Of course I did not say anything of the sort. Possibly I did not express myself very precisely in regard to it, but I did endeavour to point out to the Seanad that neither our soil, nor the labouring time of our agricultural community, was fully utilised at the present moment, and that if we could secure a fuller utilisation of that soil and of the ordinary hours of labour of the agricultural community and, at the same time, keep within this country, and not expend outside it, £800,000, there would be a net economic gain to the community as a whole of approximately £600,000. That is not to say that I would contend that if our people were fully occupied, and if our soil was being fully utilised to the best advantage, there would be any economic gain to the community if we were, in these circumstances, to divert the energies of our population and the uses of our soil to producing something which we could buy 50 per cent. cheaper abroad. If these circumstances were to arise, I should say that the community as a whole would lose by the excess price which it would have to pay for the commodity which it could import more cheaply from abroad—in the circumstances, I should like to repeat again, in which our people and our soil were being fully employed. But when that is not the case, when we find our fields lying fallow, when we are told that our cattle trade is decaying, when the indications are that, no matter what political circumstances exist as between us and Great Britain, there must be a restriction in our cattle market and that, accordingly, our farming population will tend to become more and more idle, then I say that if we can cultivate more of that  soil and employ more of the time of our population and, at the same time, save to the community as a whole this expenditure upon foreign-manufactured sugar, economically the State and the people will be the gainers, and that is the economic justification for this scheme.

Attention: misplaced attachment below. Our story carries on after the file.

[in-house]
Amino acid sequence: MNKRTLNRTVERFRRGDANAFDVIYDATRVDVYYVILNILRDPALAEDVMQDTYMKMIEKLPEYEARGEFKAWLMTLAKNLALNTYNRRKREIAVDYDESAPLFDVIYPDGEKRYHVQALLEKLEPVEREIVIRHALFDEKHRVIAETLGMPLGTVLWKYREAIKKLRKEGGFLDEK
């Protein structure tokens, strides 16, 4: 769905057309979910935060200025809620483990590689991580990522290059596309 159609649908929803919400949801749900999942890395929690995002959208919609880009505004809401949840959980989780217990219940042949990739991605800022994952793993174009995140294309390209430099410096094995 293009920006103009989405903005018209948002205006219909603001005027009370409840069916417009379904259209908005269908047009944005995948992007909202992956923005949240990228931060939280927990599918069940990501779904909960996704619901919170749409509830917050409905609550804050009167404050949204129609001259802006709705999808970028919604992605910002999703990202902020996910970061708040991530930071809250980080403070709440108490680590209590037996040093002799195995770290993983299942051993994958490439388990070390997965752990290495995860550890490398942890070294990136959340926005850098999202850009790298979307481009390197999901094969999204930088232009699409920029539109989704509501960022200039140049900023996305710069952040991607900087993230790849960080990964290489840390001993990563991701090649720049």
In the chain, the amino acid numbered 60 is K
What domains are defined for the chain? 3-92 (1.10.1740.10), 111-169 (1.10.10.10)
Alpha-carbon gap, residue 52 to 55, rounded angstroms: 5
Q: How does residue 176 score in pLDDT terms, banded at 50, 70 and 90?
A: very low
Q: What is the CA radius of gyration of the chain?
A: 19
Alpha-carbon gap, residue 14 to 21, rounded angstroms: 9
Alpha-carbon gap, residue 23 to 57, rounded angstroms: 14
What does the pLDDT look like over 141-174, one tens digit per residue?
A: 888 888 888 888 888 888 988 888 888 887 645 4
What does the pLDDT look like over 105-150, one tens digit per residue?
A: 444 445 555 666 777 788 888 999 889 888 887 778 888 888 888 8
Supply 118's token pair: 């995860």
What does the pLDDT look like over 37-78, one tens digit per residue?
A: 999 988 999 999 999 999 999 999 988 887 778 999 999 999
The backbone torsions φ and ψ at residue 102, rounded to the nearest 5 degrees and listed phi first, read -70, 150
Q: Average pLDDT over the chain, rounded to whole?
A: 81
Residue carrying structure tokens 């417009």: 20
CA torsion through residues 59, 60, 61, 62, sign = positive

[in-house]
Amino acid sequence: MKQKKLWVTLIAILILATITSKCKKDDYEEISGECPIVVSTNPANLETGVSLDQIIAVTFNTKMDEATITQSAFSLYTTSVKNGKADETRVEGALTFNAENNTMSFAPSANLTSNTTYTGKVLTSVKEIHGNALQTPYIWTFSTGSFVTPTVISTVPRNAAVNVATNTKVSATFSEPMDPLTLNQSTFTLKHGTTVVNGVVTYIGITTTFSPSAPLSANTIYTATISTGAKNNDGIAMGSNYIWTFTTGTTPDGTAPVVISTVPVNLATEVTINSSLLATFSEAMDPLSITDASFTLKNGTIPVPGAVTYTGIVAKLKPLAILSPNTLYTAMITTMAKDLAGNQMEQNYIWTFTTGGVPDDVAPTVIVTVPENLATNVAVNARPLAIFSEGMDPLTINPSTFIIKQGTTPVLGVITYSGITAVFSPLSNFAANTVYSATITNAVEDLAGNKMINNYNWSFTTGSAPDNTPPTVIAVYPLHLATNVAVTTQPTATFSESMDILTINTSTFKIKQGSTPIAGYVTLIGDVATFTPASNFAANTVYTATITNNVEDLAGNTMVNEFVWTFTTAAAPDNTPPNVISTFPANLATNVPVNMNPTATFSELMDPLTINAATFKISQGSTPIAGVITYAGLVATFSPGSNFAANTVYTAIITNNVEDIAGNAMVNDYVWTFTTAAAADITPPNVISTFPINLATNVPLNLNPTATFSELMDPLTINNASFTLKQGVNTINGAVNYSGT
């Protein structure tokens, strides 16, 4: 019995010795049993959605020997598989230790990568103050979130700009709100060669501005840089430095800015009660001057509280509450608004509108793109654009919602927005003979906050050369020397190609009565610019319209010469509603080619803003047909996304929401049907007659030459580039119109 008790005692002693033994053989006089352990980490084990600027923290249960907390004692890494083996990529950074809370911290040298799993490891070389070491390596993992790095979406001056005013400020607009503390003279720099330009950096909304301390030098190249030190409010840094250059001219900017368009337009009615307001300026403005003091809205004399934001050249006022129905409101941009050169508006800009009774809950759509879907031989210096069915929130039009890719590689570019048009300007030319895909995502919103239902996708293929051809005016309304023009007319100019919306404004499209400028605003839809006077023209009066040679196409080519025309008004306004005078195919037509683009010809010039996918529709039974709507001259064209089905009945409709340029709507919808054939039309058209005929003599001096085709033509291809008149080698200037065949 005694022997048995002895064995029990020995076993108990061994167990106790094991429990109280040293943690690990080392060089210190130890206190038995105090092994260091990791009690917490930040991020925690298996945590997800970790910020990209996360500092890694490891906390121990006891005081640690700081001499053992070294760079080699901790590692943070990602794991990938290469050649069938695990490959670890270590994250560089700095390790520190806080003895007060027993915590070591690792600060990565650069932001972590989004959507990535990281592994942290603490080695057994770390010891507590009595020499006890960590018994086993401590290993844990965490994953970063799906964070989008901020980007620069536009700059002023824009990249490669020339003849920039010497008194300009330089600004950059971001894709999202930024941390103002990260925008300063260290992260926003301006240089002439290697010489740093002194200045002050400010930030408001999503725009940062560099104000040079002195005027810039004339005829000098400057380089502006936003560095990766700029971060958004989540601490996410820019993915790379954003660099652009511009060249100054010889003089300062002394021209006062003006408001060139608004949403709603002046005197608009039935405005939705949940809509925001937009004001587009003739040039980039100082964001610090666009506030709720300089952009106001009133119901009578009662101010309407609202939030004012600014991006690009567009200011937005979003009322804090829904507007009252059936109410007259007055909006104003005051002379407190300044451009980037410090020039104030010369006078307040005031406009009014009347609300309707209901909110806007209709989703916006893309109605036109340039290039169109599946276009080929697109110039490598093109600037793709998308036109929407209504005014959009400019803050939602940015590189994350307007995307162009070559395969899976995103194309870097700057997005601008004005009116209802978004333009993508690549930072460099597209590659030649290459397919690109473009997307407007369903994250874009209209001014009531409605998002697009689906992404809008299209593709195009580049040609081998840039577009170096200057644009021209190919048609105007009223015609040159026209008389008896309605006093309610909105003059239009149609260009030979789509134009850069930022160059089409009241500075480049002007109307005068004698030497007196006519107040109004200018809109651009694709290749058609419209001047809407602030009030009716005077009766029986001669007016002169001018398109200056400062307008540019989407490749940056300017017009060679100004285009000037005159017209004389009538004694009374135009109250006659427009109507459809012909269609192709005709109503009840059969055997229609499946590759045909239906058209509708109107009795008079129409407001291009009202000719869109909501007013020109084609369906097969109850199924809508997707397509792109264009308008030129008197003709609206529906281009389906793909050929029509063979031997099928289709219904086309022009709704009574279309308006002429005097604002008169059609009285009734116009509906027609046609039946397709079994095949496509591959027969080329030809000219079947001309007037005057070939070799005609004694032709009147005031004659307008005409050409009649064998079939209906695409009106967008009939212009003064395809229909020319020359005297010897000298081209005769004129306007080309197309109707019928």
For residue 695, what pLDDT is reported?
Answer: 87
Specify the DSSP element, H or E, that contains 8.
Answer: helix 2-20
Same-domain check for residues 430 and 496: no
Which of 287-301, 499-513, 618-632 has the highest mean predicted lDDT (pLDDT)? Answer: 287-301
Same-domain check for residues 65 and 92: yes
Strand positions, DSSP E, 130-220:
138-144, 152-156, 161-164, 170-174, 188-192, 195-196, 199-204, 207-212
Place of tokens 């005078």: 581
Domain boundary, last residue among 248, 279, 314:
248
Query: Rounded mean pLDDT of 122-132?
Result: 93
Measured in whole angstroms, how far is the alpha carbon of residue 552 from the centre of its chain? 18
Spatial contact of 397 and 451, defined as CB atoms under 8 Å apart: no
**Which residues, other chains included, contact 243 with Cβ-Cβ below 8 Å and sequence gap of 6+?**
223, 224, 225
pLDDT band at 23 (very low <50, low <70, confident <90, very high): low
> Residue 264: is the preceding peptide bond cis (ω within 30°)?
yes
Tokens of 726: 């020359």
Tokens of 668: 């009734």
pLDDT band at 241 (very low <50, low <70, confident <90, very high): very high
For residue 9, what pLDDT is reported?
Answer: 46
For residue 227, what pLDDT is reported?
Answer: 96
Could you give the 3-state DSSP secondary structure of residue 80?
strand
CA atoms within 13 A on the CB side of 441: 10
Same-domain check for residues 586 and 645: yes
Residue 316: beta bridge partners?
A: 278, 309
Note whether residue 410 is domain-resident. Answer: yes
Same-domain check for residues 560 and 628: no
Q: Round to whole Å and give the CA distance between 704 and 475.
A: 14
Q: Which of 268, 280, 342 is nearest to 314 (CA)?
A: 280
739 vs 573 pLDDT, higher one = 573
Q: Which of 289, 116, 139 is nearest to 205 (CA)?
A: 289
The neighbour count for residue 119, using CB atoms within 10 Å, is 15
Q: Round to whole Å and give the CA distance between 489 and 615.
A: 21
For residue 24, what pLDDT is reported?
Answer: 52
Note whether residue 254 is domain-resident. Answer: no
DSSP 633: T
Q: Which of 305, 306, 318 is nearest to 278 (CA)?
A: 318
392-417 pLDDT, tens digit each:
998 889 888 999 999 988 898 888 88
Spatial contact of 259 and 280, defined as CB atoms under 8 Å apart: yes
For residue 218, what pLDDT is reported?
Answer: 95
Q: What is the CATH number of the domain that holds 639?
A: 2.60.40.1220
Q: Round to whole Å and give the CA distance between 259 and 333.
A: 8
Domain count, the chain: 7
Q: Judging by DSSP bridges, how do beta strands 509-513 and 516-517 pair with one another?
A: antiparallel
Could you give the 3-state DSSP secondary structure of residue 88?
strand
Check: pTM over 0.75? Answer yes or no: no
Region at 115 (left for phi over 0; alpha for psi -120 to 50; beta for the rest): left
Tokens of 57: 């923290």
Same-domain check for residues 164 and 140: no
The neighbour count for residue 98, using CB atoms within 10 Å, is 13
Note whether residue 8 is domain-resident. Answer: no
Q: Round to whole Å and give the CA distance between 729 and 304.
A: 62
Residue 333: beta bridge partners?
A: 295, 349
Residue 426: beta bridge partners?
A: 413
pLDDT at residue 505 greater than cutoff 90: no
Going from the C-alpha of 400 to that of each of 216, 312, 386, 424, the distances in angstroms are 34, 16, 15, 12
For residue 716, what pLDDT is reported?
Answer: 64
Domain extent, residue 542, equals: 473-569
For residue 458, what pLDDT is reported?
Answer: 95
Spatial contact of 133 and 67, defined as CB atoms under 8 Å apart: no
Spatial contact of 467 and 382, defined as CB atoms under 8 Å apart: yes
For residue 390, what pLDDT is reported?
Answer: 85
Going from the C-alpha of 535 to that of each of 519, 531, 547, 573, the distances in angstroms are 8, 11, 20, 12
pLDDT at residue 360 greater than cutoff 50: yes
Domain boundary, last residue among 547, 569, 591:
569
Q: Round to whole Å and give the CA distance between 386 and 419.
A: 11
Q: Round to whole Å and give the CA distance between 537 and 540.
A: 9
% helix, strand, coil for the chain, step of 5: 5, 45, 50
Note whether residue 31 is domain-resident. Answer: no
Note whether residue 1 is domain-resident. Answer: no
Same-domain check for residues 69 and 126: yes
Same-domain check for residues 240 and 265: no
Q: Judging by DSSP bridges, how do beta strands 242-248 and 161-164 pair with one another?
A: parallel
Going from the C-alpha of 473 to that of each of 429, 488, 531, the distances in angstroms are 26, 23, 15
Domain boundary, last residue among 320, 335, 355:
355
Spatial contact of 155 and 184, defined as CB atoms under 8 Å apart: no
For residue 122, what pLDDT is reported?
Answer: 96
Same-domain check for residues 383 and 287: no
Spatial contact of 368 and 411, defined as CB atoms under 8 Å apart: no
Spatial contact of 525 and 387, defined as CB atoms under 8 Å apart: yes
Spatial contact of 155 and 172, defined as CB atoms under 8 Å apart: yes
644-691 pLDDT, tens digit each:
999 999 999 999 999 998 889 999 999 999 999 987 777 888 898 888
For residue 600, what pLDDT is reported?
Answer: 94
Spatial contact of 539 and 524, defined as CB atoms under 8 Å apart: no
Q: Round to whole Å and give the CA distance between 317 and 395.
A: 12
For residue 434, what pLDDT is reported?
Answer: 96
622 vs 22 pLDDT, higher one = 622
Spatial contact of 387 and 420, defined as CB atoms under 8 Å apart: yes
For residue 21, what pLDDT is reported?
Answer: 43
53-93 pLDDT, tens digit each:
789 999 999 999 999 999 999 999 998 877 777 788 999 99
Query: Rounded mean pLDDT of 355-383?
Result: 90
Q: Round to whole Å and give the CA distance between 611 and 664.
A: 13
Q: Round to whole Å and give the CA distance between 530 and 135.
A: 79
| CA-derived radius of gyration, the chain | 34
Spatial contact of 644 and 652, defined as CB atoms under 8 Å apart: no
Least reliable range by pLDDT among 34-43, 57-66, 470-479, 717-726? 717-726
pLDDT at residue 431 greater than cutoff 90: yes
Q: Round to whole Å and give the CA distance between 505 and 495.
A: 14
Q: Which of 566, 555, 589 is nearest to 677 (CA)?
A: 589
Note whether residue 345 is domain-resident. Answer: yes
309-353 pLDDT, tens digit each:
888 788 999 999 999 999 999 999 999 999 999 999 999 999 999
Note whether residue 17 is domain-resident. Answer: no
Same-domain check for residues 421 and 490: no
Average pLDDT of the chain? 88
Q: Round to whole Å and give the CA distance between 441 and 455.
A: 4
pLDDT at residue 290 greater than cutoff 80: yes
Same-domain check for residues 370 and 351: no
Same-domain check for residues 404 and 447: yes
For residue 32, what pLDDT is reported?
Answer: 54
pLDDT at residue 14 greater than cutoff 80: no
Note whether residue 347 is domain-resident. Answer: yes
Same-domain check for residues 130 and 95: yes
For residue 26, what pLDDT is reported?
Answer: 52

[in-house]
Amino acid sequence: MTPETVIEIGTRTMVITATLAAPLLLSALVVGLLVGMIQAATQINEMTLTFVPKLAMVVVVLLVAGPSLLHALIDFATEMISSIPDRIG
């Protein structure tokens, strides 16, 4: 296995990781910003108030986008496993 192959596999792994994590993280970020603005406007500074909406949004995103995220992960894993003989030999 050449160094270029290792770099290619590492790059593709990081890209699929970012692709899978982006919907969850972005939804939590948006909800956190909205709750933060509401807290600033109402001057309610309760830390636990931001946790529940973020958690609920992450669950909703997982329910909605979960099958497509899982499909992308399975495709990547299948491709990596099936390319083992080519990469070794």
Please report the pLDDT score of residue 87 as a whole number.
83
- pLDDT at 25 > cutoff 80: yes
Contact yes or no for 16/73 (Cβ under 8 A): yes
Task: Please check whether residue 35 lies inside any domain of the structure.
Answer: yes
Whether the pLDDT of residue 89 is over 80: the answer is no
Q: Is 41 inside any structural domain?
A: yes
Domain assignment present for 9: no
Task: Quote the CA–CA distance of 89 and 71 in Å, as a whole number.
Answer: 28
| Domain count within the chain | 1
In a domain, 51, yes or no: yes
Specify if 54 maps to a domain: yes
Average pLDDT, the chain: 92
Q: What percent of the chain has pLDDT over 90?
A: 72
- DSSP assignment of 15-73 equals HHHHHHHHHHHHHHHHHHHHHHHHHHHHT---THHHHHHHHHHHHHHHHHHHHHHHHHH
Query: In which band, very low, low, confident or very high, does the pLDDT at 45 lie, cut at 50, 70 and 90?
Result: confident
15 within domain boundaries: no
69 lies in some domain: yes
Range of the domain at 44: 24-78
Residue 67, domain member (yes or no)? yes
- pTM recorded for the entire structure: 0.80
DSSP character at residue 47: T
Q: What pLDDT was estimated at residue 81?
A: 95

When I am on that point I should like to emphasise that it is not merely the farming population who will be the gainers. It is true that the growers will gain to the utmost extent. In order that the industry should be established, it, as an industry, will have to be subsidised by the community as a whole, and the extent of that subsidy will depend upon the difference between what it costs us to produce the sugar at home and the price at which we can buy it abroad.